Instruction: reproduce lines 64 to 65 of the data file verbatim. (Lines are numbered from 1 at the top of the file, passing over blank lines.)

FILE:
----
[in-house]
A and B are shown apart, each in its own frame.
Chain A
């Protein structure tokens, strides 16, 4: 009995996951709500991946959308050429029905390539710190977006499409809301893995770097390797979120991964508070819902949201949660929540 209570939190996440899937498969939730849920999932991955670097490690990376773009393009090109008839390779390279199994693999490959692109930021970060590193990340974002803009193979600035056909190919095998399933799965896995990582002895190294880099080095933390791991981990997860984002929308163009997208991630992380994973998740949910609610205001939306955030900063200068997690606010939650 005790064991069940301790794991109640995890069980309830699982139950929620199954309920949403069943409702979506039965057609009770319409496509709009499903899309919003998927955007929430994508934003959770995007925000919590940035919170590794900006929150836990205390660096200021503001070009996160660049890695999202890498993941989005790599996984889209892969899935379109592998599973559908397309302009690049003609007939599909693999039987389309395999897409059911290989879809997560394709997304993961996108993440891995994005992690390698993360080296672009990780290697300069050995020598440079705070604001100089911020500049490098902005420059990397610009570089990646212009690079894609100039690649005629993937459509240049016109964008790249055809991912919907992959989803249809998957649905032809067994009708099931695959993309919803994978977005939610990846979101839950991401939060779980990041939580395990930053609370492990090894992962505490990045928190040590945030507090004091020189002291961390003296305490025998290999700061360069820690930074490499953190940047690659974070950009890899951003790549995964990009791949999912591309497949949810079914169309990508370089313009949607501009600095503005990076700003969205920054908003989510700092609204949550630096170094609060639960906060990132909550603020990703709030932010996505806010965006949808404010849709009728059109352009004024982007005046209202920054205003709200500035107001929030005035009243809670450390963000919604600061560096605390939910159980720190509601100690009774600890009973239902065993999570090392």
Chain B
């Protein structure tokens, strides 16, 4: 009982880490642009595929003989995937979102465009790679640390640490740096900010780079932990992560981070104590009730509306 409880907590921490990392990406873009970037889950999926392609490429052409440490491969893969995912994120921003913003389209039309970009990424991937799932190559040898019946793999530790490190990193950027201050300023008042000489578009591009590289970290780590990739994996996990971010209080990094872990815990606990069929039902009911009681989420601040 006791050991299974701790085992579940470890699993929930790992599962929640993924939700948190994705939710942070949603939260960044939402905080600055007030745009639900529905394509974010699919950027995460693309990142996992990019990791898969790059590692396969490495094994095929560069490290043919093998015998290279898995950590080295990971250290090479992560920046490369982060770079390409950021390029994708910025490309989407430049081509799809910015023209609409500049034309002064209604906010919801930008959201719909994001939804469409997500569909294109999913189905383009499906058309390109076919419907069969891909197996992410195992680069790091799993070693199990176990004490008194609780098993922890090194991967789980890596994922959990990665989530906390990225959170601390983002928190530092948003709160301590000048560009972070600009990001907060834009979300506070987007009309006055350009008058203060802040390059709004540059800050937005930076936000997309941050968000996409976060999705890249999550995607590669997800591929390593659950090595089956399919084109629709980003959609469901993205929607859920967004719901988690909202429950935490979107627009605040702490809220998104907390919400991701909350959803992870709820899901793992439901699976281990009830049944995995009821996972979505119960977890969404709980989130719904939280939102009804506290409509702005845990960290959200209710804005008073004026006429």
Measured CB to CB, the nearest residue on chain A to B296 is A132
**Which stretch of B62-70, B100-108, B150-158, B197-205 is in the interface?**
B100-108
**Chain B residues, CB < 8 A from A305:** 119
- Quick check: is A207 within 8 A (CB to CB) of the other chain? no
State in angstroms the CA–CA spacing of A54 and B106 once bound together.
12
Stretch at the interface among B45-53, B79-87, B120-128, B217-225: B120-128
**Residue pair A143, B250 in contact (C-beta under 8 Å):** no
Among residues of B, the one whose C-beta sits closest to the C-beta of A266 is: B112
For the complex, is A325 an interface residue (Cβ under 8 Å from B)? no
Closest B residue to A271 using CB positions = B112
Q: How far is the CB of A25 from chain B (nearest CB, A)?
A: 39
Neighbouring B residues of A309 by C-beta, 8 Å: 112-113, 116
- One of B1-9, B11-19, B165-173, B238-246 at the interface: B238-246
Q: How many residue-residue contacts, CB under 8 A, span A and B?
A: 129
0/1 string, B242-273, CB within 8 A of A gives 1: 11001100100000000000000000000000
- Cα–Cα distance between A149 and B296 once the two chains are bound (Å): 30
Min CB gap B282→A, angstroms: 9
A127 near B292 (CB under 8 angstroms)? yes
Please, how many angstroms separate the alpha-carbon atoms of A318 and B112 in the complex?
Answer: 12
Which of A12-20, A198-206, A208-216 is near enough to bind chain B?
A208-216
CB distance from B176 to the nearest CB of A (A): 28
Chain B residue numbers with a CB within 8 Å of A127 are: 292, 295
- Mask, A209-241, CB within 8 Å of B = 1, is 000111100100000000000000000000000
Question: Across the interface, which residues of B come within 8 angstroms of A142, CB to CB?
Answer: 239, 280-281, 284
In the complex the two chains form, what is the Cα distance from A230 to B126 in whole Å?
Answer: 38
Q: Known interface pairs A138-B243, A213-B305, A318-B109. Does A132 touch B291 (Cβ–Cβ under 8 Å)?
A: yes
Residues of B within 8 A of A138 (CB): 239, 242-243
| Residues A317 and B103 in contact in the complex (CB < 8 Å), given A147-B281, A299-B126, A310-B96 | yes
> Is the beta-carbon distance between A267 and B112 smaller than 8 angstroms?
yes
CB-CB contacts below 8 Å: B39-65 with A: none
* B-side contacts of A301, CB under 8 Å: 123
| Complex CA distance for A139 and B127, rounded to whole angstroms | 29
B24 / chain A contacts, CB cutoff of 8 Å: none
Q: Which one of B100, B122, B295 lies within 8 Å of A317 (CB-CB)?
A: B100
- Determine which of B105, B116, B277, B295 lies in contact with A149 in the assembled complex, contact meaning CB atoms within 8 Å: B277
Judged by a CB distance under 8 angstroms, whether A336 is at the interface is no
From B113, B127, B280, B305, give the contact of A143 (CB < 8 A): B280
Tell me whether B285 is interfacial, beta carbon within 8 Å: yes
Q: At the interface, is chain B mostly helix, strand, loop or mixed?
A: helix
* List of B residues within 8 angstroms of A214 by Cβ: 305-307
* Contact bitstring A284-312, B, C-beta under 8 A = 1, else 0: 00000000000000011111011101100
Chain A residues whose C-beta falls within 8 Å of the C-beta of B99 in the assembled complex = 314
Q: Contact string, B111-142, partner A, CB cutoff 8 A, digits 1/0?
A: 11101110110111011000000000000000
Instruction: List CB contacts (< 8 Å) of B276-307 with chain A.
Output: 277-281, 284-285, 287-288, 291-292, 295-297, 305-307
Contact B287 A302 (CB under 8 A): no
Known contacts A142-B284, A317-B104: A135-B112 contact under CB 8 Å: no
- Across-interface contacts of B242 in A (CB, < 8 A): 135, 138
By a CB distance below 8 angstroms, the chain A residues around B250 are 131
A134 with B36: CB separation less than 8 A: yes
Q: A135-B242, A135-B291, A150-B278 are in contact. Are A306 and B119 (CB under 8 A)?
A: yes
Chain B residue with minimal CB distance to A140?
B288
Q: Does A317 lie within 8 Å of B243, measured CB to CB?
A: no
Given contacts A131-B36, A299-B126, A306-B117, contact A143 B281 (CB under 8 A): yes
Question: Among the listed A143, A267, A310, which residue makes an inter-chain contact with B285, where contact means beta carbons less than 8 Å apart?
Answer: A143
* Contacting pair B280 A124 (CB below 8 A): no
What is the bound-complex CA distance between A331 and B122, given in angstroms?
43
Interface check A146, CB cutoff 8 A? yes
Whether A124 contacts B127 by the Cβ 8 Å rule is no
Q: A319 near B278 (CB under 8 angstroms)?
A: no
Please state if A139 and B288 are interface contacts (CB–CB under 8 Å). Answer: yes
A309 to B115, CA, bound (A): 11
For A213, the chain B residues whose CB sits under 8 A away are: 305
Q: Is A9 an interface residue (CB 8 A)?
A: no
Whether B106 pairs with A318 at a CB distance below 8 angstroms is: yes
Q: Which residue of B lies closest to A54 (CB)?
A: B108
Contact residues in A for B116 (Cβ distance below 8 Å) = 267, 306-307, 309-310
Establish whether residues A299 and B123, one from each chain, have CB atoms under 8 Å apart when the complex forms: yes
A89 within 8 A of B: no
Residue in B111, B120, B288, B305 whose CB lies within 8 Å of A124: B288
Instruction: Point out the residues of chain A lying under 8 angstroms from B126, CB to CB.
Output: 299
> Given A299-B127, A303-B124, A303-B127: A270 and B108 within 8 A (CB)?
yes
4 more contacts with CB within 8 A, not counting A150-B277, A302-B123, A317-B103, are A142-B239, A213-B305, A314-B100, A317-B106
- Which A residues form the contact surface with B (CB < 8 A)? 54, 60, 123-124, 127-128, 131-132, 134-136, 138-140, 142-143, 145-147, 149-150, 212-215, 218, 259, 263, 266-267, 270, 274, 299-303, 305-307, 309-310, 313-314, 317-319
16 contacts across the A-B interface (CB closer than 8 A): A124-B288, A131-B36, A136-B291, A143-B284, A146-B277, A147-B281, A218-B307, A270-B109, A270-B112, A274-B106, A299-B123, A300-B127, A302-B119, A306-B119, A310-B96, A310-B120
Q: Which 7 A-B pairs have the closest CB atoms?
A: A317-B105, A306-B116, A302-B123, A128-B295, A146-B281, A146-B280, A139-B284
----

Output: 277-281, 284-285, 287-288, 291-292, 295-297, 305-307
Contact B287 A302 (CB under 8 A): no